When a Democrat or Republican runs for president, there’s usually a stable of low-profile legal experts affiliated with the party who can help navigate the country’s thicket of ballot-access laws.
But if you were, say, music megastar Kanye West mounting a not-exactly-viable presidential bid under the banner of the not-exactly-serious “Birthday Party,” such a network of partisan legal experts might not be easily available.
Not so. Over the last couple of weeks, Republican-affiliated lawyers and strategists have been helping West file the paperwork necessary in several key states, in a small-scale effort apparently mounted in hopes of drawing Black voters away from Joe Biden, the presumptive Democratic nominee, to boost President Trump’s reelection chances.
In the critical swing state of Wisconsin, local media reported that West’s qualifying paperwork was dropped off by Lane Ruhland, an attorney representing the Trump campaign in a lawsuit who had also done legal work for the Republican National Committee, former GOP Gov. Scott Walker and the state Republican Party on election matters.
In nearby Ohio, the paperwork was dropped off by an attorney from the Columbus law firm Isaac Wiles, which has reportedly received tens of thousands of dollars in fees from state Republican campaign committees since 2015.
West’s efforts in Colorado have gotten a boost from state GOP operative Rachel George, who emailed another Republican strategist asking, “Would you help me get Kanye West on the ballot in Colorado? No, I am not joking, and I realize this is hilarious,” according to a message obtained by Vice News.
George and the strategist did not respond to requests for comment, nor did Trump’s campaign. A spokesman for Biden declined to comment.
Having already missed too many state filing deadlines to remain even a mathematically plausible contender, West has hinted about his hopes to bleed votes from Biden. He told Forbes, “I’m not denying it, I just told you. To say that the Black vote is Democratic is a form of racism and white supremacy.”
To longtime political observers, there’s no mistaking what’s driving the institutional GOP support for West, who has been one of Trump’s most visible celebrity supporters through the Republican’s first term. West has visited Trump at Trump Tower and the White House, and the president has publicly thanked and complimented West in return.
“One of the oldest tricks in the political playbook is to run a third-party candidate to try and bleed support from your opponent,” said Jim Manley, a Democratic strategist who is not affiliated with the Biden campaign. “What’s different here is the third-party candidate is a hip-hop artist who has said nice things about the current president before.”
Organizing something similar in the old days would have been done in “the smoke-filled backrooms; they’d be sitting there on a bar or something,” said Manley, who called West’s candidacy “a farce, a joke.”
“I don’t believe African Americans are going to vote for Kanye simply because he’s on the ballot,” Manley said. “There’s simply too much at stake.”
So far, there’s no evidence to suggest that West might have even a marginal impact. One July poll of 2,000 registered voters by Redfield & Wilton Strategies only found 2% of support for West, and most respondents said they didn’t think West’s run was serious.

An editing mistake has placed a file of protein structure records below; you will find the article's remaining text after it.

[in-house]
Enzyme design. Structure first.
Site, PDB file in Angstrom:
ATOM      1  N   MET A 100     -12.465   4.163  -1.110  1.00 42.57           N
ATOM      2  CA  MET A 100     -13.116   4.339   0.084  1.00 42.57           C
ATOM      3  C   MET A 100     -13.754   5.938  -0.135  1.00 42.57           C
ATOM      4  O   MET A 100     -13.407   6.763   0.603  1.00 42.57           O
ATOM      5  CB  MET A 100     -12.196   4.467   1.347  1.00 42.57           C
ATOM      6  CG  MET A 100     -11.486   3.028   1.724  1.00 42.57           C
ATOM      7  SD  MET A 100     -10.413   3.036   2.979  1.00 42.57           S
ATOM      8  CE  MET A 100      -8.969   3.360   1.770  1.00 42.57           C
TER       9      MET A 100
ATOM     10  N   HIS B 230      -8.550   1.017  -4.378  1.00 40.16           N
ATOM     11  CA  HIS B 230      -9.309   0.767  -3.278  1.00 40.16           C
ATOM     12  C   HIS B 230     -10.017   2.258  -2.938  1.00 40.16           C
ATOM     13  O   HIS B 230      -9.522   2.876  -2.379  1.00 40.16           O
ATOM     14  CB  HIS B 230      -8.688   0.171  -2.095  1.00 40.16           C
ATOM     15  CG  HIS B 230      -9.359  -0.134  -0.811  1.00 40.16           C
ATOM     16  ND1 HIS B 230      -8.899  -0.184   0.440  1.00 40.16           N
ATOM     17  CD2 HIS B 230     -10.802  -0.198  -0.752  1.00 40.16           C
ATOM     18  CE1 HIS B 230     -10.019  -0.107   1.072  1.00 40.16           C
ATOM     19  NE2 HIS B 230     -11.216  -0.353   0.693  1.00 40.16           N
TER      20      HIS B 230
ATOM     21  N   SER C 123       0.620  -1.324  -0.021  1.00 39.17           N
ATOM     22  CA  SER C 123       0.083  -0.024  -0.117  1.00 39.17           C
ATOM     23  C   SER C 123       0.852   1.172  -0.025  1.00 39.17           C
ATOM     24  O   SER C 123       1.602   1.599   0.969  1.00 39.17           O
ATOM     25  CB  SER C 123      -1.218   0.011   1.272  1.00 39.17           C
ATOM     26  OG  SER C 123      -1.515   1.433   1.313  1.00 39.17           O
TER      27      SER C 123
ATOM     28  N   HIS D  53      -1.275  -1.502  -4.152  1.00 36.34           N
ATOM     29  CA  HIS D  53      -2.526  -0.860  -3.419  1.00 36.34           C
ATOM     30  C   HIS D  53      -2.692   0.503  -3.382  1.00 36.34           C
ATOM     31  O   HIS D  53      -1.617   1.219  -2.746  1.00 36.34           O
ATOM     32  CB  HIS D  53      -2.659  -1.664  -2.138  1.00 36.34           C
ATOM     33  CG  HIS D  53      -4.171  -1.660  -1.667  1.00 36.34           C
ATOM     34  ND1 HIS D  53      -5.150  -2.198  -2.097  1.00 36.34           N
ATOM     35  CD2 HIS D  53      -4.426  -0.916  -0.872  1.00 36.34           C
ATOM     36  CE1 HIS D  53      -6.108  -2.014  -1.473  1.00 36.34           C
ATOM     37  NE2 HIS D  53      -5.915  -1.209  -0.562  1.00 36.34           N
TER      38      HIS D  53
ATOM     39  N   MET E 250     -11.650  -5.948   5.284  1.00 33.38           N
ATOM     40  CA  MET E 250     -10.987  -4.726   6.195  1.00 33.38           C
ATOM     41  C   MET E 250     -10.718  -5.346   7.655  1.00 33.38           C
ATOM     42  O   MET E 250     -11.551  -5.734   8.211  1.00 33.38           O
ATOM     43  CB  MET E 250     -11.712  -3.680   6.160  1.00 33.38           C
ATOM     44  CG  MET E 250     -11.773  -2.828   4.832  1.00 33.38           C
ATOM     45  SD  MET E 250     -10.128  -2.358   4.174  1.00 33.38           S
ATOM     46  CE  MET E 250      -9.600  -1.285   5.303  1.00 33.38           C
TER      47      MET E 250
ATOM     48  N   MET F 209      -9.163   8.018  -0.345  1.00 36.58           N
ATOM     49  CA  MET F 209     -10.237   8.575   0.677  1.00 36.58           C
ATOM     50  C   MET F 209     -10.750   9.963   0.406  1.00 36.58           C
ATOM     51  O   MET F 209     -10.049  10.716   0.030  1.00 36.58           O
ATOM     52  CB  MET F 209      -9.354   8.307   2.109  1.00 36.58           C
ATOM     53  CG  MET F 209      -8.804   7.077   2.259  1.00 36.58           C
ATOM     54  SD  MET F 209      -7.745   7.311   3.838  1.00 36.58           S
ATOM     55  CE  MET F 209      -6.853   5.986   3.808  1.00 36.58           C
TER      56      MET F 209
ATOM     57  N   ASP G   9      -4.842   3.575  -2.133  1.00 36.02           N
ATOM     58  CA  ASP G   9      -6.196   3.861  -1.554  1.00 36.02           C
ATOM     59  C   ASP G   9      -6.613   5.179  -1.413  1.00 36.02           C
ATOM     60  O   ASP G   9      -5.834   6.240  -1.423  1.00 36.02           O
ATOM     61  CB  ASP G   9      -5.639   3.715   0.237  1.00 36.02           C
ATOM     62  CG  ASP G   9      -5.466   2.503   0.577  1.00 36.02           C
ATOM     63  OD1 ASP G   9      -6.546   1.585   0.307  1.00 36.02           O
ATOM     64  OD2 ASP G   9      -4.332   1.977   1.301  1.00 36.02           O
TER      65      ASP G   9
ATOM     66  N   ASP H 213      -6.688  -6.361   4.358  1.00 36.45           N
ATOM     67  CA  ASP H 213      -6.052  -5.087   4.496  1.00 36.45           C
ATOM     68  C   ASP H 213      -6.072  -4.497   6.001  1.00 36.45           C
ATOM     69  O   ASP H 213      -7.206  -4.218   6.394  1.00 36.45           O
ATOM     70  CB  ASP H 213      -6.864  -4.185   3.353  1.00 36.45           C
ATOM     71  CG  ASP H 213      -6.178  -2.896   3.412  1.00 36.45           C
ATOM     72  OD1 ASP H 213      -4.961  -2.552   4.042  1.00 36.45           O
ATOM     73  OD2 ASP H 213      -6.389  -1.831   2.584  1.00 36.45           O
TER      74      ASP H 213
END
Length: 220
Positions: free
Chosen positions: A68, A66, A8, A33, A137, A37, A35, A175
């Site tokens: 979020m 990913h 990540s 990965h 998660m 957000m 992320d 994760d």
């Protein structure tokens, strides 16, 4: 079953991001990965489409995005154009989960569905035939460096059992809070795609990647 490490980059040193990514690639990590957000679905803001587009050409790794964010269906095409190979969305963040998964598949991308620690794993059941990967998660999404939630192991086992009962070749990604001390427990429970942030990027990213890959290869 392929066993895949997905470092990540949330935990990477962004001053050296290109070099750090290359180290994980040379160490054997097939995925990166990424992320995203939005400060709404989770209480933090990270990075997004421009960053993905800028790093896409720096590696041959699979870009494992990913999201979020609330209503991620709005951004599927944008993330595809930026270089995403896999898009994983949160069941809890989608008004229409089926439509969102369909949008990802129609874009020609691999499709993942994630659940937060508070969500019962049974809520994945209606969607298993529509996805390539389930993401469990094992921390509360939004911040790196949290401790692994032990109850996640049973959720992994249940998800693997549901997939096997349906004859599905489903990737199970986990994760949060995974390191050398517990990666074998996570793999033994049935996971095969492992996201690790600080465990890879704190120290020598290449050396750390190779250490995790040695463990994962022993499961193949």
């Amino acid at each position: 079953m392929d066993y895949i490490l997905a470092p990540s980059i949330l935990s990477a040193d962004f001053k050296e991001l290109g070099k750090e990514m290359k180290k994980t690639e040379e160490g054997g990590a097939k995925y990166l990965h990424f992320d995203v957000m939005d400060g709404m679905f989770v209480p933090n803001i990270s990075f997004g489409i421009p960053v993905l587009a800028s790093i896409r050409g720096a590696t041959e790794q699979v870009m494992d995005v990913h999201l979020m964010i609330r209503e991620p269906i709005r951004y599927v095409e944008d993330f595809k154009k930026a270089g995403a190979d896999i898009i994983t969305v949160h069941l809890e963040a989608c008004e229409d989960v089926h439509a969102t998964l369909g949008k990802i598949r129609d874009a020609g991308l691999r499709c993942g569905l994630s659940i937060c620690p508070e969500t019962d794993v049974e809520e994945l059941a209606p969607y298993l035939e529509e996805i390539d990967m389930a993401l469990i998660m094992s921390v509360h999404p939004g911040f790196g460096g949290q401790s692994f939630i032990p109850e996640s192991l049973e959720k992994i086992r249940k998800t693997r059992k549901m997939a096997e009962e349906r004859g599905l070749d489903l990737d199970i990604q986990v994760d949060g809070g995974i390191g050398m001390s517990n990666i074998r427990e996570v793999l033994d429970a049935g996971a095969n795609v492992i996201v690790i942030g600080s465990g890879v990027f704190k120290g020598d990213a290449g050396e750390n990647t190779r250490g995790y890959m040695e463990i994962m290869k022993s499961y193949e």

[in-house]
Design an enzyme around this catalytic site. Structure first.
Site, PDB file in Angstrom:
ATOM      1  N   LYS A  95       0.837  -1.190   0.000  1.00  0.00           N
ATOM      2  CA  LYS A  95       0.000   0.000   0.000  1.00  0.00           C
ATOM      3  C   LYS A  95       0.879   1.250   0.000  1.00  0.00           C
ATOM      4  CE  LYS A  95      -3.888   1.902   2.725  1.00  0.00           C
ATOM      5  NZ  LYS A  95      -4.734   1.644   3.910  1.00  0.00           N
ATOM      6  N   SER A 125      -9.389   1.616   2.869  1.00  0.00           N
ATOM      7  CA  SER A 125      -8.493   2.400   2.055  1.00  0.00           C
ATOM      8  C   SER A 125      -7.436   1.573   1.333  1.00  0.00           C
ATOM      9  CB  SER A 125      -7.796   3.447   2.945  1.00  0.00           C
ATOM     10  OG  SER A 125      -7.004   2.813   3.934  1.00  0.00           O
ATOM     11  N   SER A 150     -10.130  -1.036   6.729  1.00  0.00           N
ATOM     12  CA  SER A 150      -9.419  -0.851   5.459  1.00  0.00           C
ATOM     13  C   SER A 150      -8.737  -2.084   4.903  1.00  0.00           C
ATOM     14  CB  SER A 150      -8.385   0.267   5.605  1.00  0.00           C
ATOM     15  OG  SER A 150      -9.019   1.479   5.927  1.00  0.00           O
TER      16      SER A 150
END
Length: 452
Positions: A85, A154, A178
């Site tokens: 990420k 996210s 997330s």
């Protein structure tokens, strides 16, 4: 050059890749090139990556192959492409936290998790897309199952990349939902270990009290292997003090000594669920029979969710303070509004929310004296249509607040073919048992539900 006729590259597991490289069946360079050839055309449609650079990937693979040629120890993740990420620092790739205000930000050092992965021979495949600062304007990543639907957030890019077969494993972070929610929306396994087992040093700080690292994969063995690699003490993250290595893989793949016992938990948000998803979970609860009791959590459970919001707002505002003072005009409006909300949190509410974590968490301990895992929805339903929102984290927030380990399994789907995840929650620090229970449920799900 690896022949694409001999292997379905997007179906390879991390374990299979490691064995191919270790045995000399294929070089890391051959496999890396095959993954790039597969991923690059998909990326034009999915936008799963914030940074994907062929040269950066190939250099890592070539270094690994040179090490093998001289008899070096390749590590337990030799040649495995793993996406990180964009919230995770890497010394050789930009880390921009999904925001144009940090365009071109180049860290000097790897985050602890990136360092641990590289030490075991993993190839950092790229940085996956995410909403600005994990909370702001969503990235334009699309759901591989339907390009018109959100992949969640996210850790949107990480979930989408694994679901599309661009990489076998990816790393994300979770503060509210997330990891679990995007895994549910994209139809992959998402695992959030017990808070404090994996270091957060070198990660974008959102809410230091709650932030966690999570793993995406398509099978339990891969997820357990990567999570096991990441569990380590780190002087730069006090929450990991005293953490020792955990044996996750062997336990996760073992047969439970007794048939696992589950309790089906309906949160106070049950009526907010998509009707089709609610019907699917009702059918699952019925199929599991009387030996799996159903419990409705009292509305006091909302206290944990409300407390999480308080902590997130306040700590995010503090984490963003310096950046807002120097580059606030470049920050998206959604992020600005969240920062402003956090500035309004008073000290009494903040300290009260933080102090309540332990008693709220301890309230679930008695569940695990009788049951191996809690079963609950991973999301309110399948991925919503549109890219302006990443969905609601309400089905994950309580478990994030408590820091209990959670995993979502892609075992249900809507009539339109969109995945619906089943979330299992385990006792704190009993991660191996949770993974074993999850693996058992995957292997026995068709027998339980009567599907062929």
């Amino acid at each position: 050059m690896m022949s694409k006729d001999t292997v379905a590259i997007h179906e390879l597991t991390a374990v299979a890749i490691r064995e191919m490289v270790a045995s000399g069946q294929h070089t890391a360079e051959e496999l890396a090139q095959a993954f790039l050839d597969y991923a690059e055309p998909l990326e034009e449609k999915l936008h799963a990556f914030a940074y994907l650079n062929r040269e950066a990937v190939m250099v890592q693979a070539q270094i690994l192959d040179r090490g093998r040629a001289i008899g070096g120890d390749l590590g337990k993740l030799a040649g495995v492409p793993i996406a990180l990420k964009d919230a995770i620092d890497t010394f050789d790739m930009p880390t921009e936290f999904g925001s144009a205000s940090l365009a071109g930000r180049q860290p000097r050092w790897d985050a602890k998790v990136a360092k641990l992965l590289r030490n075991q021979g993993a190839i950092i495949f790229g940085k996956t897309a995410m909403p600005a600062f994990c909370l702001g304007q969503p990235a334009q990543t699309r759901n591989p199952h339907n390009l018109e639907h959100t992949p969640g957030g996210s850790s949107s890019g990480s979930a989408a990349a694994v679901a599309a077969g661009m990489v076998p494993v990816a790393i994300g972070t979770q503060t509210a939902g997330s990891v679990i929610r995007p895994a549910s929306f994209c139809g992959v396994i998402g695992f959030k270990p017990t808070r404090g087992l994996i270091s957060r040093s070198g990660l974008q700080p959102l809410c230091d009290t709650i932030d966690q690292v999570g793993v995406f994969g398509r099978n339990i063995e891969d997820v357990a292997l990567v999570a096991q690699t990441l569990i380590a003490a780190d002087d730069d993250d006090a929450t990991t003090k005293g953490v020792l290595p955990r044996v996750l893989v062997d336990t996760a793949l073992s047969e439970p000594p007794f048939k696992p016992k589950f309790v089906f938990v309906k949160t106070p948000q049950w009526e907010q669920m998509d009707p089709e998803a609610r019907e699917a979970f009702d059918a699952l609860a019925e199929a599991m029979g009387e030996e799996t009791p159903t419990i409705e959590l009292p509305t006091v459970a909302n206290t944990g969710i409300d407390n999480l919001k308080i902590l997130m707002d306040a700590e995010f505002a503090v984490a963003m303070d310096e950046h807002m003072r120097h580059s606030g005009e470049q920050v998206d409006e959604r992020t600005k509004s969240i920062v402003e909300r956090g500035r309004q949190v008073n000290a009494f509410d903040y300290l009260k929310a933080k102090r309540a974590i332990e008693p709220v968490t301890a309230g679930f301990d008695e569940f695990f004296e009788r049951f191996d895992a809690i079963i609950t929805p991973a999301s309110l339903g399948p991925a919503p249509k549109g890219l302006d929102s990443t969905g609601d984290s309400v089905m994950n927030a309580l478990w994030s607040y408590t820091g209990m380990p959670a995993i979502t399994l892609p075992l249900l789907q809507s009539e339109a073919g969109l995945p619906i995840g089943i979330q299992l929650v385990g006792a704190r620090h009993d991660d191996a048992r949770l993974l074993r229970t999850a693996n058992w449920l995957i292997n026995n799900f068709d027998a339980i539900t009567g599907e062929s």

“West has been a supporter, in small ways at least, of Trump; I think most voters know that,” said Matt Hindman, an associate professor of political science at the University of Tulsa who has published research on third-party candidates and ballot-access laws. “We’re talking about a very small percentage of people who might vote for Kanye West,” and it’s not even a given that those voters might otherwise vote for Biden.
West’s very public mental health issues have also raised questions about his candidacy. After West held one erratic campaign event in South Carolina in July, West’s wife, Kim Kardashian West, said her husband has bipolar disorder and asked for compassion and empathy.
“Those that understand mental illness or even compulsive behavior know that the family is powerless unless the member is a minor,” Kardashian West wrote in a post on Instagram. “People who are unaware or far removed from this experience can be judgmental and not understand that the individual themselves have to engage in the process of getting help no matter how hard family and friends try.”
At his sometimes tearful South Carolina rally, West said his antiabortion plan was to pay parents $1 million for having a baby, and he said that abolitionist Harriet Tubman “never actually freed the slaves; she just had the slaves go work for other white people.”
Nathan Gonzales, the editor and publisher of Inside Elections, a nonpartisan guide to elections, thinks that in a tight race “it’s possible” that West could tip the balance from one candidate to another.
“But we’re still a long way from knowing whether Kanye will have any impact,” Gonzales said, pointing out that questions remain about which state ballots West will qualify for.
It’s not clear if West’s Wisconsin petition was dropped off in time; he fell short of the signatures needed to qualify in Illinois; he’s missed the deadlines in Michigan, Pennsylvania and Nevada, where a third-party candidate has the greatest ability to tip the balance. ABC News reported that West’s team couldn’t accumulate enough signatures to get on the ballot in California, the nation’s richest electoral prize, where he is unlikely to make any perceptible threat to Biden anyway.
“We don’t know how close the most important states will be. We don’t know if he will be on the ballot. And we certainly don’t know how many votes he would receive,” Gonzales said. “For people to say, ‘Oh, Kanye is Black so he’ll take Black voters from Biden’ is a gross oversimplification of a more complex situation.”